Accepted answer

What you are passing is interpreted by the compiler as a boolean attribute. This is also true for when writing pure HTML; attributes without values are interpreted as a boolean true. Since JSX is a syntactic-sugar for writing HTML, it makes sense that it has the same behavior.

The official React documentation has the following:

Boolean Attributes

This often comes up when using HTML form elements, with attributes like disabled, required, checked and readOnly. Omitting the value of an attribute causes JSX to treat it as true. To pass false an attribute expression must be used.

// These two are equivalent in JSX for disabling a button

<input type="button" disabled />;
<input type="button" disabled={true} />;

// And these two are equivalent in JSX for not disabling a button

<input type="button" />;
<input type="button" disabled={false} />;



  <Component autoHeight />
  <AnotherComponent autoHeight={null} />


  React.createElement(Component, { autoHeight: true }),
  React.createElement(AnotherComponent, { autoHeight: null })

Check the babel demo of this, here.


As ctrlplusb stated, if you want to pass an "empty prop" you can simply give it the value of null or even undefined.

So you could do:

<SomeComponent disableHeight={null}>
    {({width}) => (

Though I will note that passing it as undefined is probably entirely unnecessary because reading this.props.autoHeight from AnotherComponent will always give you undefined, regardless if you explicitly passed it as autoHeight={undefined} or not at all. Passing null is probably better in such cases since you are explicitly passing the prop by stating that it has the value of... "no value" (i.e null).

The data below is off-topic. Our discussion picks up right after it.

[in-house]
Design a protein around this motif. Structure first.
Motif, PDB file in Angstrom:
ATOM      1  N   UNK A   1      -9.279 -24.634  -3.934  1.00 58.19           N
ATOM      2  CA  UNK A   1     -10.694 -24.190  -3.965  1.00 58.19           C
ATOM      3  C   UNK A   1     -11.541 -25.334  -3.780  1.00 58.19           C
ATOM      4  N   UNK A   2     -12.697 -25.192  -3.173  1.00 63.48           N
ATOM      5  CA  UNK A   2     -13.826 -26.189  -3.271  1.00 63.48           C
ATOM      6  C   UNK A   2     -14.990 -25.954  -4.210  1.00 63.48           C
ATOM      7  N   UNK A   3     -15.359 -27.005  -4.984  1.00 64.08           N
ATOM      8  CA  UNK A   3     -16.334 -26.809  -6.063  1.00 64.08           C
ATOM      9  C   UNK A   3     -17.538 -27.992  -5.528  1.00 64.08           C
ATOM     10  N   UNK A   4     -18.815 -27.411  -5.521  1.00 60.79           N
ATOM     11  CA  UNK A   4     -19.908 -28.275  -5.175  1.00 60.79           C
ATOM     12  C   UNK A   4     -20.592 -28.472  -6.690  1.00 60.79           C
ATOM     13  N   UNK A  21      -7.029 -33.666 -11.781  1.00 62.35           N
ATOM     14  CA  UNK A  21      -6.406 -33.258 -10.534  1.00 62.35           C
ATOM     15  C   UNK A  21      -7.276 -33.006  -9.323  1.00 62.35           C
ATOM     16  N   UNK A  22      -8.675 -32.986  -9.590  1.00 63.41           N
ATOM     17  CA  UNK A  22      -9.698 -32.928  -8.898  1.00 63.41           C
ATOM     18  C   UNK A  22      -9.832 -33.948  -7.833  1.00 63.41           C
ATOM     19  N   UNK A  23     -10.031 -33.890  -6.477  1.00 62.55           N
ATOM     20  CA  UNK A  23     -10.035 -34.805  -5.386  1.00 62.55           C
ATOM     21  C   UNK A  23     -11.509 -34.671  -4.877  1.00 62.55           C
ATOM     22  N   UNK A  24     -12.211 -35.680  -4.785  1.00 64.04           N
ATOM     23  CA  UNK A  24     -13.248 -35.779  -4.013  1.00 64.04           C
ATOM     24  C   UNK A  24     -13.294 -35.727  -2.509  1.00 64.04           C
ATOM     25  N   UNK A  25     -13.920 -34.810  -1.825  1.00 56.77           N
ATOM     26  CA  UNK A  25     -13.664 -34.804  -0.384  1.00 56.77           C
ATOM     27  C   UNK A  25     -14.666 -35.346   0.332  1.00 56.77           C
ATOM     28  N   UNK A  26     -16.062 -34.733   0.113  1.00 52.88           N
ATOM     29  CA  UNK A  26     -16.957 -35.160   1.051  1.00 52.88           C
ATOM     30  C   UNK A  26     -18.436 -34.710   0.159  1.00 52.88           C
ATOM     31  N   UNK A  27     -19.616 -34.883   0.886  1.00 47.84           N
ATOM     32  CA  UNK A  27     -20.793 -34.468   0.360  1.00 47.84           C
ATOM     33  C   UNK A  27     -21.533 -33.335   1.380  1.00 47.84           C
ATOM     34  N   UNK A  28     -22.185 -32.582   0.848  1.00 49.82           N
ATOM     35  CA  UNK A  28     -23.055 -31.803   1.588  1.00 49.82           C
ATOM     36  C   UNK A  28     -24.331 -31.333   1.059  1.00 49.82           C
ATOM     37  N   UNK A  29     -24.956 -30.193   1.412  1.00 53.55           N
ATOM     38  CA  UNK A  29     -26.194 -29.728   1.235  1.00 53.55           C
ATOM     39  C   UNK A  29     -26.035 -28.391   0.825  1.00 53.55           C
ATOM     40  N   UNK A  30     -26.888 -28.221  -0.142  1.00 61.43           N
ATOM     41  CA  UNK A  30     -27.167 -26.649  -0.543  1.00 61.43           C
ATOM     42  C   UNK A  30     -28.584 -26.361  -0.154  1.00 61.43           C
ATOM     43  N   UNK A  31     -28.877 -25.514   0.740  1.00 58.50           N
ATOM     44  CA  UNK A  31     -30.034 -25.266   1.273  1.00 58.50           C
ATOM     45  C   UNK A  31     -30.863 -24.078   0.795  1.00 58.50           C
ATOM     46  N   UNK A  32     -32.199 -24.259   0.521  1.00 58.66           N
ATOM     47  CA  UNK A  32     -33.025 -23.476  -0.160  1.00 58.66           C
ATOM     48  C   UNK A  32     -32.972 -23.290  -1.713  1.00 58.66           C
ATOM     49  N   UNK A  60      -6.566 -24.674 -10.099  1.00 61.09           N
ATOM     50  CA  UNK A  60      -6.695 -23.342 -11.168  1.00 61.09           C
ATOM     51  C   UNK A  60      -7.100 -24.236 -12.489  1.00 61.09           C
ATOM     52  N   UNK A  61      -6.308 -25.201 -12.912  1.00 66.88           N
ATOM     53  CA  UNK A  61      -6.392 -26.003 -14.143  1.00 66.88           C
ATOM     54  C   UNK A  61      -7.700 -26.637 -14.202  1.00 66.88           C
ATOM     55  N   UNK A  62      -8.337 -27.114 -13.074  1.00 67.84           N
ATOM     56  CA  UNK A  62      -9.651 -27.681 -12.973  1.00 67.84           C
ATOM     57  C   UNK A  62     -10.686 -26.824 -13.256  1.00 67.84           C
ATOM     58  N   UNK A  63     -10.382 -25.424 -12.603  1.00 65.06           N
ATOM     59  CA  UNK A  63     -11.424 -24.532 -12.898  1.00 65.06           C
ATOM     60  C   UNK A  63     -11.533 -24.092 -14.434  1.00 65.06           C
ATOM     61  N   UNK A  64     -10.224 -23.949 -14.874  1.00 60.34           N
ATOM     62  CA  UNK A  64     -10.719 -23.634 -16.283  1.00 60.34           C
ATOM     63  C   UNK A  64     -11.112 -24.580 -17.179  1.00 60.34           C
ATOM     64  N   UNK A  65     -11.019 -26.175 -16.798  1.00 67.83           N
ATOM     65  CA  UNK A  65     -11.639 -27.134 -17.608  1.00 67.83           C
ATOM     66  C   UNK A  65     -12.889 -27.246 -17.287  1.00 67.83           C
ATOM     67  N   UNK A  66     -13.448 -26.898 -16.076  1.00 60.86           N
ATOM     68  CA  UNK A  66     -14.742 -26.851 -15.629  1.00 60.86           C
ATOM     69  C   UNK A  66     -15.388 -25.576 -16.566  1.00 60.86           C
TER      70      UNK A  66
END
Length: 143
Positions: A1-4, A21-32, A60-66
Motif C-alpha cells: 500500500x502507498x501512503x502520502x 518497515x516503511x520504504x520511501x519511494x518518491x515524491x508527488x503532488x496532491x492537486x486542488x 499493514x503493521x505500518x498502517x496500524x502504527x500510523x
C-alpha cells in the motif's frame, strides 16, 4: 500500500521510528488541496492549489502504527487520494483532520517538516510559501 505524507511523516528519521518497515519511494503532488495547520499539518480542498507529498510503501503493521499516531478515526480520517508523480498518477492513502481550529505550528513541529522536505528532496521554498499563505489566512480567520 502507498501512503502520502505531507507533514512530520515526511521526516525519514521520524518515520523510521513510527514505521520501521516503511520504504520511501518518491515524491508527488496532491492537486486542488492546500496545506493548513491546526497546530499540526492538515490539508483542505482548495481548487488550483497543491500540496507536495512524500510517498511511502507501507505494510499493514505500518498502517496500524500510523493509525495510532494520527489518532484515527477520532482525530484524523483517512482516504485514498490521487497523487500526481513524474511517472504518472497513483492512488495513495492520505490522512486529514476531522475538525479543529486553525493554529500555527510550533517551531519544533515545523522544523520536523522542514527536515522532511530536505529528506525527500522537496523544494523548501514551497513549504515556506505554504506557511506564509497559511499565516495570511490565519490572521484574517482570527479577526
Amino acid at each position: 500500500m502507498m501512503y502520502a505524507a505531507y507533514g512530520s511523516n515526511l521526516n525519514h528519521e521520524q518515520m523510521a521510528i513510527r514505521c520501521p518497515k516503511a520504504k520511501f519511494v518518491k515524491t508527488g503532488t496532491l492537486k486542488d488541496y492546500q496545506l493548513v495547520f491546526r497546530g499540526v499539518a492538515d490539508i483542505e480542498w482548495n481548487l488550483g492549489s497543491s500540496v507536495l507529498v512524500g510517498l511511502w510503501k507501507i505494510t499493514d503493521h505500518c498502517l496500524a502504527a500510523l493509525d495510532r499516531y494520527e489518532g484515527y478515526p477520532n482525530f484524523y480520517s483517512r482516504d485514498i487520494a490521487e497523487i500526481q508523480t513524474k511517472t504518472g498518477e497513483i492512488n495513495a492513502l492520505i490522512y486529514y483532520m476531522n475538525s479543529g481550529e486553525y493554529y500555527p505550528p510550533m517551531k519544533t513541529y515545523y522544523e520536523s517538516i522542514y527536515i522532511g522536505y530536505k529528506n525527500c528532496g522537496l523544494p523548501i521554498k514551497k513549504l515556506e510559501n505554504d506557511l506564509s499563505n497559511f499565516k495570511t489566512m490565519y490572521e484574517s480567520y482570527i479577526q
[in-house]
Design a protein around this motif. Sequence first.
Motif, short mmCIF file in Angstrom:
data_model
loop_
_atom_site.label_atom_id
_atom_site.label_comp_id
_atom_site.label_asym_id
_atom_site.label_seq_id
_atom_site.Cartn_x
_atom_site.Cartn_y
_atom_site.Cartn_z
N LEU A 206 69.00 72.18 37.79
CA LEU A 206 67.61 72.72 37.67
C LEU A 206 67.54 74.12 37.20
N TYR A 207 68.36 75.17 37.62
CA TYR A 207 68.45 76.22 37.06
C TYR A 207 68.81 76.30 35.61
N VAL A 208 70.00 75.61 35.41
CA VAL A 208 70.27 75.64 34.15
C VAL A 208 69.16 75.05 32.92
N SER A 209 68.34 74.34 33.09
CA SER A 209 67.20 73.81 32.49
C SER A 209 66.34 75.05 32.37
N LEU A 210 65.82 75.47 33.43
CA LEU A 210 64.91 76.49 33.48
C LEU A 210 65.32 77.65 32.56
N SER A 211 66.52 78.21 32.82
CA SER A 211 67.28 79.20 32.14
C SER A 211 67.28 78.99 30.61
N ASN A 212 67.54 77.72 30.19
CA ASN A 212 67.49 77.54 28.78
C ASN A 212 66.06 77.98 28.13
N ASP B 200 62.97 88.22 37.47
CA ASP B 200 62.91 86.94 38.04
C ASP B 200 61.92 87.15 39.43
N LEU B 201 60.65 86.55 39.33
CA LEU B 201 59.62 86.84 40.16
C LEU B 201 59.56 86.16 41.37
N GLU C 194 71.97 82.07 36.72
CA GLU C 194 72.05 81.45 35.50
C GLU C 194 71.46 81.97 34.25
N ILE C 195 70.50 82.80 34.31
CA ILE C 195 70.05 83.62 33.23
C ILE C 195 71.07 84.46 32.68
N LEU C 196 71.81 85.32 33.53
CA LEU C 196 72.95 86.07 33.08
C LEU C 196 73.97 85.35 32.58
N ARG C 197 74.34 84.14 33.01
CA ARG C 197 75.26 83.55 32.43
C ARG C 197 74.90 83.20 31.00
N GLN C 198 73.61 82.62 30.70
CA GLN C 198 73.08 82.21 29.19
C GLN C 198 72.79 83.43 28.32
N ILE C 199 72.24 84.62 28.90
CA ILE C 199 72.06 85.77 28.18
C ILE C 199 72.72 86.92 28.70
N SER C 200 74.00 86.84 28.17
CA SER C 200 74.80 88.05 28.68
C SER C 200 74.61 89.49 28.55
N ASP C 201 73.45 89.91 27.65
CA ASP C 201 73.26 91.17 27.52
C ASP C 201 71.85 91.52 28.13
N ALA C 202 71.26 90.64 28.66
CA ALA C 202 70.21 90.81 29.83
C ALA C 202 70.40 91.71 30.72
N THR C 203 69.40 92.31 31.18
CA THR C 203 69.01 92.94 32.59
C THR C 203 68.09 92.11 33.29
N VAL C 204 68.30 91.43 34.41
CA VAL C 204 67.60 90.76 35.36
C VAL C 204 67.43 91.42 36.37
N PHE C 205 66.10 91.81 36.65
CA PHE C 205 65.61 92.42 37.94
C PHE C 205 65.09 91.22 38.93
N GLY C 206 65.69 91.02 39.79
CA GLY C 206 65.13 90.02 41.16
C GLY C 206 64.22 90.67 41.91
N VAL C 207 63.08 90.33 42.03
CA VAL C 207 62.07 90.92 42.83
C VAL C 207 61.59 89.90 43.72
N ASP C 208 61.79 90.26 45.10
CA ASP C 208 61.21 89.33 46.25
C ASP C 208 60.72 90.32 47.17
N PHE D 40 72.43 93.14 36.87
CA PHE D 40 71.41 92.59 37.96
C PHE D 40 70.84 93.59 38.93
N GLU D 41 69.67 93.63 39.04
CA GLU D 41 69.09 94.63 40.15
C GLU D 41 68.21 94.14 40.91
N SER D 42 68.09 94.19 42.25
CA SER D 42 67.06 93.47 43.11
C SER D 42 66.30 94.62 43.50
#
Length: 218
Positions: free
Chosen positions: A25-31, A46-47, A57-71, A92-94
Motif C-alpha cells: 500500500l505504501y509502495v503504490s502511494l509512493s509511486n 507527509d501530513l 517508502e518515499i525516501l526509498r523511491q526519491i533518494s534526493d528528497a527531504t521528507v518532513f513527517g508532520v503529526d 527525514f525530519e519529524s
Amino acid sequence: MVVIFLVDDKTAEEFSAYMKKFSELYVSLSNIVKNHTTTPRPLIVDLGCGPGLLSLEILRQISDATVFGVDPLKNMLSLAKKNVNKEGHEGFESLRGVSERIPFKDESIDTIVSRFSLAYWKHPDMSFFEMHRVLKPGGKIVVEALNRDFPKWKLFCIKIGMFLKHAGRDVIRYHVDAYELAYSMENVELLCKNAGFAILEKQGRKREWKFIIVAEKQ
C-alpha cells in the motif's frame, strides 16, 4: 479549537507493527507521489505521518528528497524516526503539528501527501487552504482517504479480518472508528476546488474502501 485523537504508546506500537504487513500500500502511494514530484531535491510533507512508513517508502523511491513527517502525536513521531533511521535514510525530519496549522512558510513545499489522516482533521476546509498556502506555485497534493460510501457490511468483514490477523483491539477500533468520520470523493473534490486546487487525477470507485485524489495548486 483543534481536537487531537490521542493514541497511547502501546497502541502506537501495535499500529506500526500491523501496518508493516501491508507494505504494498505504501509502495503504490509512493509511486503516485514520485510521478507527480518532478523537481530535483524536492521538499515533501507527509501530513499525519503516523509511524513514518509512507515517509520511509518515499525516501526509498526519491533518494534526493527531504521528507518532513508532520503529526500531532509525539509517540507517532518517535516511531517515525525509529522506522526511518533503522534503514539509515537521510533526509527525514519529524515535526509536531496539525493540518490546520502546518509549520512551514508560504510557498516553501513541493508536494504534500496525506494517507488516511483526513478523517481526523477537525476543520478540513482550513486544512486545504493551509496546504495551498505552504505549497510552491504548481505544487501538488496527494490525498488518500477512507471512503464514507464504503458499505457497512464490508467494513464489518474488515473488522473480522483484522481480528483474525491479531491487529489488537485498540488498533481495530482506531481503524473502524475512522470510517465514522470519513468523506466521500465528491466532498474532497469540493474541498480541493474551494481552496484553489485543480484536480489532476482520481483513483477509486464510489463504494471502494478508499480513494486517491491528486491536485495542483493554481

TL;DR: Set empty string:

<Amp.AmpAccordion animate="">


A copy+paste from the link above:

Any attribute with an empty string will render into the DOM without a value.

W3C relevant documentation:

Empty attribute syntax
Just the attribute name. The value is implicitly the empty string.

In the following example, the disabled attribute is given with the empty attribute syntax:

<input disabled>

If an attribute using the empty attribute syntax is to be followed by another attribute, then there must be a space character separating the two.


Yeah JSX sees properties without a = as being a boolean true.

One option is to simply set null values:

<Foo name="Bob" surname={null} />

You could also dynamically build a property bag via an object and only add the properties if required. For example:

render() {
  const propBag = {
    width: width,
    height: 300
  if (someCondition) {
    propBag.something = 'bob';

  return (
    <FooComponent {...propBag} {..otherProps} />

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